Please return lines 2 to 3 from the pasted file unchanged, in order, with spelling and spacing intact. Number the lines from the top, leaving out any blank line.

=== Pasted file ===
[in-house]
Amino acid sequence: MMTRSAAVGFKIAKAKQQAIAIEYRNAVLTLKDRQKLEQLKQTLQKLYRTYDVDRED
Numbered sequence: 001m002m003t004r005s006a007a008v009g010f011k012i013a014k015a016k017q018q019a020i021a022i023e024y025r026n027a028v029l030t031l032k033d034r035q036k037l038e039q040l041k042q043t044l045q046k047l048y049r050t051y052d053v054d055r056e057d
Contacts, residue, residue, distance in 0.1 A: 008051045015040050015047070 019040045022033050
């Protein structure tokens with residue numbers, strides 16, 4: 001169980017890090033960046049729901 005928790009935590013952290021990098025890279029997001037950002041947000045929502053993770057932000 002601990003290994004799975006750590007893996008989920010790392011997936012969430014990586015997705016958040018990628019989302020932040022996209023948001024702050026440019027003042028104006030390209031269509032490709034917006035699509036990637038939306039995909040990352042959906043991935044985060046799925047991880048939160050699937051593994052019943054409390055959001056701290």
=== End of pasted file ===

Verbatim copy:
Amino acid sequence: MMTRSAAVGFKIAKAKQQAIAIEYRNAVLTLKDRQKLEQLKQTLQKLYRTYDVDRED
Numbered sequence: 001m002m003t004r005s006a007a008v009g010f011k012i013a014k015a016k017q018q019a020i021a022i023e024y025r026n027a028v029l030t031l032k033d034r035q036k037l038e039q040l041k042q043t044l045q046k047l048y049r050t051y052d053v054d055r056e057d